TURBOTVILLE - Steve Shaw looked every bit the part.
The Kreamer resident portrayed a man in the days of the French and Indian War, leading up to the dawn of democracy in America and the Revolutionary War.
"I made the red vest covering my shirt," he said Saturday standing beside other period performers at the annual Heritage Days at the Hower-Slote House and Farm.
Laurel Bower, 9, daughter of Elizabeth Eppenbach, of New Columbia, washes items with her hands, homemade soap, and a wooden washboard.
He acknowledged he bought the pants, that rose up to just below his knee.
A scalding pitcher of coffee simmered atop flames and coals turning it charcoal black.
Shaw picked up a hand-held cooking stove, carefully grasping it by the handle, because the coals still were glowing.
"I've got to put them out," he said, adding how he's enjoyed early American history since boyhood, first becoming interested watching Daniel Boone and Davey Crockett on television.
Shaw was not alone in eagerness to please visitors.
On the vast field of grass, surrounded by rows of corn, scores of re-enactors brought history to life and continue their performances today.
The performers, many of them residents of the area who belong to a society, including men, women and children, educated and entranced a steady stream of onlookers.
While it was a happy-go-lucky mood, it belied what actually happened on the morning of July 28, 1779.
Freeland's Fort, as it was called, became site of a fierce battle, one of many in the War of Independence between colonialists and the British and their Iroquois partners.
The battle commenced with an attack at about 6:30 a.m. by a force of nearly 300 British troops, known as Butler's Rangers, and ferocious warriors. After a siege that lasted about three hours, the available ammunition was expended and the defenders of the fort surrendered to prevent annihilation.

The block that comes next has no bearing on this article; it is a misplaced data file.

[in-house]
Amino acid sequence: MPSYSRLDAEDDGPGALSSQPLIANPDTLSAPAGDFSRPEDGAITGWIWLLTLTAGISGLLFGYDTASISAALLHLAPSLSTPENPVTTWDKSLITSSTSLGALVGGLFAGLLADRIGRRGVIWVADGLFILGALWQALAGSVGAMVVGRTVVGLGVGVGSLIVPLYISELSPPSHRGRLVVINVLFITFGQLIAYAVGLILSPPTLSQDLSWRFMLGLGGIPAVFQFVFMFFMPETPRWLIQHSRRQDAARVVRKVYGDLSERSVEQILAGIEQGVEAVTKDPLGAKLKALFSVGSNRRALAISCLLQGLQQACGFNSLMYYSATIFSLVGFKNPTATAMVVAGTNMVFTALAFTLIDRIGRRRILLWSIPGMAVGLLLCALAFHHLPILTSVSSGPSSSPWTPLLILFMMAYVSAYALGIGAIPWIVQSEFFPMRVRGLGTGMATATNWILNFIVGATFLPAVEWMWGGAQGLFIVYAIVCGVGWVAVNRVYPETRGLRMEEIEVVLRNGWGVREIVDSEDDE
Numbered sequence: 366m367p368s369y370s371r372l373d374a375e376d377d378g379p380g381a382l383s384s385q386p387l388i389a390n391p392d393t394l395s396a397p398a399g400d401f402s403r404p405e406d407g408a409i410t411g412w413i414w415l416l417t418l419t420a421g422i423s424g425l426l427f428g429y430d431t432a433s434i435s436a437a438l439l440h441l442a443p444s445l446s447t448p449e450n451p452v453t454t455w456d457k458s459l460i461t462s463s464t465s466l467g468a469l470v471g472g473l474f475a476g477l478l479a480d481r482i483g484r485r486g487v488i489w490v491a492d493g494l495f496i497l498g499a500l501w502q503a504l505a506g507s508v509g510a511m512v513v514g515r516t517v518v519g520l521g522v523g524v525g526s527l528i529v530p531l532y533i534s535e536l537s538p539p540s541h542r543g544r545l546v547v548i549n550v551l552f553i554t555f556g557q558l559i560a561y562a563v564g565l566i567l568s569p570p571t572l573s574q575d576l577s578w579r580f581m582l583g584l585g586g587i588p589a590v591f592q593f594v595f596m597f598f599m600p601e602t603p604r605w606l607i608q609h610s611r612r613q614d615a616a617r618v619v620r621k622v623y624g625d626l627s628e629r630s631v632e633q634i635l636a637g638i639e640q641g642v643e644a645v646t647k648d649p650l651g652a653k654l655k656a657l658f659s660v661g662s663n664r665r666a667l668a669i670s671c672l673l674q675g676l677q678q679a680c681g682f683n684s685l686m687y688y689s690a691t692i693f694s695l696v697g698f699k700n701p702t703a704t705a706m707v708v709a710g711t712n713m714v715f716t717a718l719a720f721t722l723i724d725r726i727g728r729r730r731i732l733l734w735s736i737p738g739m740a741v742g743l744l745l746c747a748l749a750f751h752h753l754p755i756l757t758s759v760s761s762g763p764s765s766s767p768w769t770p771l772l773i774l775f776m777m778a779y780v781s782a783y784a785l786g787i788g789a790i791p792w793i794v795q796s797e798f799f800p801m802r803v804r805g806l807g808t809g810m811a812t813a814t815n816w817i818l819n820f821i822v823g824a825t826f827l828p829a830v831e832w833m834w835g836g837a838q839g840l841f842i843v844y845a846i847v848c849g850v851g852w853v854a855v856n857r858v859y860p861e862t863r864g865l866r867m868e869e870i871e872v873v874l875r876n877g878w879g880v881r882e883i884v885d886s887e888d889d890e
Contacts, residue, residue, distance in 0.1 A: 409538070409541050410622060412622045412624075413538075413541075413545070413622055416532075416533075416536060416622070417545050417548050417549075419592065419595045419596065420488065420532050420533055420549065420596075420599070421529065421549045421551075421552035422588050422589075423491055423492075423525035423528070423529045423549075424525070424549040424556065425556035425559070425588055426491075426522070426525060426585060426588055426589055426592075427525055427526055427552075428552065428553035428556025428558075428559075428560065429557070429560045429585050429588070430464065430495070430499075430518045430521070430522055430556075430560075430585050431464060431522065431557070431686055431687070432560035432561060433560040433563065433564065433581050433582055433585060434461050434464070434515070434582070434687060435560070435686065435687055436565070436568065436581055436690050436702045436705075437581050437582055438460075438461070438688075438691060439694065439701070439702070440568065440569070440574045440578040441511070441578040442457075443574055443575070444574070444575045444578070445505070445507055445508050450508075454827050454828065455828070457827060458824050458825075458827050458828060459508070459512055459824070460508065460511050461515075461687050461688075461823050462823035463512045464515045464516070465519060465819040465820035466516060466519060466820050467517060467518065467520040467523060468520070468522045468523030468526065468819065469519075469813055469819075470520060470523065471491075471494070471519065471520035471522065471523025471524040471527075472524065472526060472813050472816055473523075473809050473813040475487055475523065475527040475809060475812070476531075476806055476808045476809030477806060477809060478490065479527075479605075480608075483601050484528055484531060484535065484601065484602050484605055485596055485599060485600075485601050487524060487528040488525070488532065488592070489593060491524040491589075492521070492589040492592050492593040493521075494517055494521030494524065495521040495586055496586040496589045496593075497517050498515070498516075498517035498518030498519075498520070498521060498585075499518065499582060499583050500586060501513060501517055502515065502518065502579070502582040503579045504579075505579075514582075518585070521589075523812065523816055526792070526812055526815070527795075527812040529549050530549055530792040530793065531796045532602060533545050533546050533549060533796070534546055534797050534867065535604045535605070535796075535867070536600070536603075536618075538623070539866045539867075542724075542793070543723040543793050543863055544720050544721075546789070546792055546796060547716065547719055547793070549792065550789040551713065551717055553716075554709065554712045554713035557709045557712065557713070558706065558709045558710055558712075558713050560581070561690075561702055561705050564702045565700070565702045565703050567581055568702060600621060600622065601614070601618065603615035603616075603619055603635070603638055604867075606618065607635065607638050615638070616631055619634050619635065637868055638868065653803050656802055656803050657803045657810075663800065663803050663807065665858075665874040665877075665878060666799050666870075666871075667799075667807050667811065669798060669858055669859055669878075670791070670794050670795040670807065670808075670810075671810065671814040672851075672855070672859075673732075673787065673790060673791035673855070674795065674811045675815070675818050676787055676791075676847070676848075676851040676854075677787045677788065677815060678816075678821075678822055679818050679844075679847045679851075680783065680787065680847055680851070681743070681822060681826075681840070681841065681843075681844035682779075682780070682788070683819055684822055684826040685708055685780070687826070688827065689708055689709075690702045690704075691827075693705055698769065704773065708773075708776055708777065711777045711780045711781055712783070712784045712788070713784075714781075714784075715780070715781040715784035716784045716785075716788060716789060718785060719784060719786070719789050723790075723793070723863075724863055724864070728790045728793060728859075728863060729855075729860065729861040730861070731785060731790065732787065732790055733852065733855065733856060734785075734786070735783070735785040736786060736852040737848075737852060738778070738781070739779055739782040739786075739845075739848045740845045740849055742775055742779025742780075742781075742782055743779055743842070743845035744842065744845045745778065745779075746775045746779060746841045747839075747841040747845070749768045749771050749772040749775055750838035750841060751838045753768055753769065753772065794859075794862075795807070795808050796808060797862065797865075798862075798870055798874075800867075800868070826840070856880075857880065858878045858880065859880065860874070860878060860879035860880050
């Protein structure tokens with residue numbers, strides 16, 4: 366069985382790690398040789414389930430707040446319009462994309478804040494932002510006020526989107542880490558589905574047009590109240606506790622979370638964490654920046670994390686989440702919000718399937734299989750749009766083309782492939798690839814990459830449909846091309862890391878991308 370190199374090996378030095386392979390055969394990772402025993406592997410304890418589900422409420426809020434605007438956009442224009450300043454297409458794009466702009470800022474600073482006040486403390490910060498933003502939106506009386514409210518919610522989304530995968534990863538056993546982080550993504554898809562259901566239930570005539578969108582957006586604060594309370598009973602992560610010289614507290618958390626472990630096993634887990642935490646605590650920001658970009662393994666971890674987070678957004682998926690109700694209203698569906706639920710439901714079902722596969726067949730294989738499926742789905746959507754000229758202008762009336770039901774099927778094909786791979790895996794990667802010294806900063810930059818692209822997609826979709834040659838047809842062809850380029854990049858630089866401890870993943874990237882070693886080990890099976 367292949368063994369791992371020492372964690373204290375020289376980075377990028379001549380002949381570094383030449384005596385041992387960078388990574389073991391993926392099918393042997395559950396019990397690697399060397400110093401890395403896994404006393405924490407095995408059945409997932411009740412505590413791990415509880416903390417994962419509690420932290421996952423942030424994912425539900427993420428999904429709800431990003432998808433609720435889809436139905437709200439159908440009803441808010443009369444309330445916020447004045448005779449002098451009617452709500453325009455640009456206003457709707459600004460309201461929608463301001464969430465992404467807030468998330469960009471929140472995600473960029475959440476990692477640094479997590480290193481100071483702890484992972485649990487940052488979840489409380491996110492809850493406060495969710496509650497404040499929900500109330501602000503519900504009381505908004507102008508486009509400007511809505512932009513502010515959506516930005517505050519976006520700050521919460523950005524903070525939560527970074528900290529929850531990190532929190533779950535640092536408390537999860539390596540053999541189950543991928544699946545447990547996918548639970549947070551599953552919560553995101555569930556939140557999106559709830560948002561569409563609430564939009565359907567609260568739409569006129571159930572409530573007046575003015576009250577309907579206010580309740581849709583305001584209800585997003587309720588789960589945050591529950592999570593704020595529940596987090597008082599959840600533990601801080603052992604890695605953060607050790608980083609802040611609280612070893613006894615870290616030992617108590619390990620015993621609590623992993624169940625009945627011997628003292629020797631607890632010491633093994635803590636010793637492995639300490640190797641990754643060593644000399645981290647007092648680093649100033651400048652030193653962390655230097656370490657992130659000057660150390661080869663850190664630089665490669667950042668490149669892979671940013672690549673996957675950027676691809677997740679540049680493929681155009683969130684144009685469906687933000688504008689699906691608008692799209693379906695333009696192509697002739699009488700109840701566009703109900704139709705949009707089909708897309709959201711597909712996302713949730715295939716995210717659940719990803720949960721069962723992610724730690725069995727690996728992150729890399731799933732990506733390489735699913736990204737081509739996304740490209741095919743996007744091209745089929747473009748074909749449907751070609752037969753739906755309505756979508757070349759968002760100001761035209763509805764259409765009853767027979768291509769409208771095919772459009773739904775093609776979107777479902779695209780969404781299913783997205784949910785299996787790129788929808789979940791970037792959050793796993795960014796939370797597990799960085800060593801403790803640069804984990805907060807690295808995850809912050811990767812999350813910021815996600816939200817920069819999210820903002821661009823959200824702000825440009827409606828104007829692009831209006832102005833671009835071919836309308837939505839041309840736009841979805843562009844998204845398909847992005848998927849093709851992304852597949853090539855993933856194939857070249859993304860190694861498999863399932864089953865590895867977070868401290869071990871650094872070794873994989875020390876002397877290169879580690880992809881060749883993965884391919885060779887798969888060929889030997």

Despite a relief party of militia being sent, including men of the 12th Pennsylvania Regiment of the Continental lines and Kemplin's Rangers, it was too late to be of help and they were defeated.
Such violence could only be imagined amidst the kids and their moms and days sipping cider made of freshly pressed apples and temptations such as funnel cakes.
Shaw said he got a kick out of watching the old and young alike observe him and the others in their costumes and it is what draws families to the family-friendly tourist attraction for years.
For a 12-year-old student who attends the Warrior Run Area School District, and art students painstakingly adding brushstrokes of gray and white to create an image of an Iroquois warrior that will be part of a long mural outside a school building, a project supported by the Pennsylvania Council of the Arts, Heritage Days remains a day where modern-day efforts bring back yesterday's reality.
Many of the re-enactors are serious students of history, such as Chuck Hogan, of Sunbury, who not only enjoys camping out in the tents overnight, but in explaining what he's learned.
"The English were diverting troops," he said. "Coming from Fort Niagara, the British and their Indian allies attacked the homesteads of central Pennsylvania, a clever military maneuver to draw more troops from populated areas of southeastern Pennsylvania. It was hoped that General George Washington would send troops as relief further weakening the soldiers in those areas. After the attack here, other battles ensued, including at Fort Augusta near Sunbury.
The smoke rose all over the homestead. Women weaving, sewing and slicing cabbage; men swinging axes, and solitary carving and whittling away at wood. A man and his grandsons forming yellow clay in molds, to later be burned to the familiar red brick color.
Below the historic house, cauldron of boiling water softened hog parts, to be turned into scrapple. One pot alone of cracklins' sizzled and enticed those anxious to try the original form of pork rinds.
Founded in 1978, Warrior Run-Fort Freeland Heritage Society is a non-profit organization dedicated to the preservation of the history and heritage of the Warrior Run area. Its members accomplish this through annual events and ongoing activities. They restore and manage the historic Hower-Slote House and farm and continue to accrue collectibles that are shown each year.